Penn Stater overcomes eating disorder, wins adult student award

March 27, 2012

UNIVERSITY PARK, Pa. -- Alison Franklin was third in her Weatherly, Pa., high school class in 1998 and headed to a promising Penn State career. But dealing with anorexia and bulimia forced her to withdraw from Penn State in 2003. Meeting her future husband, marrying and becoming pregnant were a wake-up call. Franklin worked diligently on her recovery and re-enrolled at Penn State in 2009. For her tenacity in overcoming her health challenge and her academic success, Franklin has been honored with the 2012 Penn State Outstanding Adult Student Award.

“I always wanted to be perfect,” said Franklin, 32, who lives in Centre Hall with husband Don and Grace, 5, and Evelyn, 3. “I was restricting what I ate, then it changed to bulimia, and my life spiraled out of control. It makes me sad that I wasted so much time, but those 11 years also made me who I am today: a strong, confident, capable woman.”

The award recognizes an exceptional adult learner at University Park campus who has begun or resumed their education after the age of 24, after being out of high school for four or more years, and who demonstrates initiative in overcoming obstacles to furthering their education, while serving as a role model for other adult learners, achieving academic excellence and contributing to their community.

“As an adult student, Alison Franklin has successfully juggled family, part-time work and volunteer activities with being a full-time student,” said Leslie A. Laing, coordinator of Adult Learner Programs, Division of Student Affairs, and organizer of the annual adult learner recognition program. “Alison is truly an asset to our community.”

Franklin’s academic adviser James Howell, toxicology program coordinator in the College of Agricultural Sciences, nominated her for the award. He said, “Alison’s academic performance has been all but perfect (GPA 3.97) in some of the most specialized and challenging courses at the University.”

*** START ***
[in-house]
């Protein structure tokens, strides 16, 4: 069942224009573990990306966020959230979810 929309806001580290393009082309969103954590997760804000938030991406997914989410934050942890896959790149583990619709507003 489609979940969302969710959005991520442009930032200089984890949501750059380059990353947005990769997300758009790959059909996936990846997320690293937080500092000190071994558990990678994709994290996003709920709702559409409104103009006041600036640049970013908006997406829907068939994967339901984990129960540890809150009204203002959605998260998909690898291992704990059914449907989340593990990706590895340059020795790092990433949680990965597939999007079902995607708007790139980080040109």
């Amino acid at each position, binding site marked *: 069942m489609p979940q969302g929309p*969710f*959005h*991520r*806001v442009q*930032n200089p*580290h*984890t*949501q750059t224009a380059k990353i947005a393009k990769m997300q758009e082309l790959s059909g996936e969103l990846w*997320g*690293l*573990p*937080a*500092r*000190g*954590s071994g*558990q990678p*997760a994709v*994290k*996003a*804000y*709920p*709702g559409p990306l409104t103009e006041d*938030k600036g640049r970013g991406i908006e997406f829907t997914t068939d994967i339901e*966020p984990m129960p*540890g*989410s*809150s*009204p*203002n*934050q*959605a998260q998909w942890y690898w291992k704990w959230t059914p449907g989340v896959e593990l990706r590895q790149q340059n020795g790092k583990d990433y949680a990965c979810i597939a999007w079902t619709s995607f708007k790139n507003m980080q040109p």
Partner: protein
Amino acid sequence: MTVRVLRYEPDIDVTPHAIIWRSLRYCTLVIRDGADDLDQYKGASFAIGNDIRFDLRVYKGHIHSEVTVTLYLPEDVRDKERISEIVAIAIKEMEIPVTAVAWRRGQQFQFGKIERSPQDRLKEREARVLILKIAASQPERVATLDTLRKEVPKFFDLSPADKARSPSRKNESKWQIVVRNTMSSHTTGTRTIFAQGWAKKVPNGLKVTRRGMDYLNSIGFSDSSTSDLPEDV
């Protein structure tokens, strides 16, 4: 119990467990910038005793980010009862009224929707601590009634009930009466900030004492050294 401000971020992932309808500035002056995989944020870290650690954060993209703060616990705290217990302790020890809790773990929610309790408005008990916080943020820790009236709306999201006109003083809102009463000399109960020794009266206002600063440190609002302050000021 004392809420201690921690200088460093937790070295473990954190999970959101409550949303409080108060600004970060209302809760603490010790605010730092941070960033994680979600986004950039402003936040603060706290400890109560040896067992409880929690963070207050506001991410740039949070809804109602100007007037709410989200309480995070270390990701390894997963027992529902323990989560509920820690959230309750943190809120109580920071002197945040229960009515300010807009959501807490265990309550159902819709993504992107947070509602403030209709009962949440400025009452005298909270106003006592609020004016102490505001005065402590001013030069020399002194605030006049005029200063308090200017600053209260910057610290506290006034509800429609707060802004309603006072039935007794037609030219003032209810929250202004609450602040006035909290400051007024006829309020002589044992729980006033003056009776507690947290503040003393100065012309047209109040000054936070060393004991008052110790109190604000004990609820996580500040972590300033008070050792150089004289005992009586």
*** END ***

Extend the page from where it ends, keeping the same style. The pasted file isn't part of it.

When Franklin re-enrolled at Penn State, she designed a hybrid ecotoxicology curriculum for her degree that has become a template for other students to use. She will graduate with a bachelor of science degree in toxicology in May and will start graduate school in the fall in the College of Agricultural Sciences’ soil sciences program. Franklin said, “My ultimate goal is to determine how chemicals and drugs move in soil systems in order to determine the risk they pose to humans and wildlife."

As part of the Outstanding Adult Student Award program, Franklin received a Penn State diploma case and a $500 grant from the Penn State Adult Learner Opportunity Fund. To contribute to this fund, visit and in the drop down box enter “XXTOF Adult Learner Opportunity Fund.”

The Division of Student Affairs Adult Learner Programs provides comprehensive services for nontraditional undergraduate students that complement learners’ academic, personal and career goals.

Admission Services and Adult Learner Advocacy is dedicated to extending and enhancing services to Penn State adult students. This unit is part of Penn State Outreach, the largest unified outreach organization in American higher education, which serves more than 5 million people each year, delivering more than 2,000 programs to people in all 67 Pennsylvania counties, all 50 states and 115 countries worldwide.

  • Alison Franklin, 2012 Penn State Outstanding Adult Student Award winner

    IMAGE: Penn State

(Media Contacts)

Last Updated April 02, 2012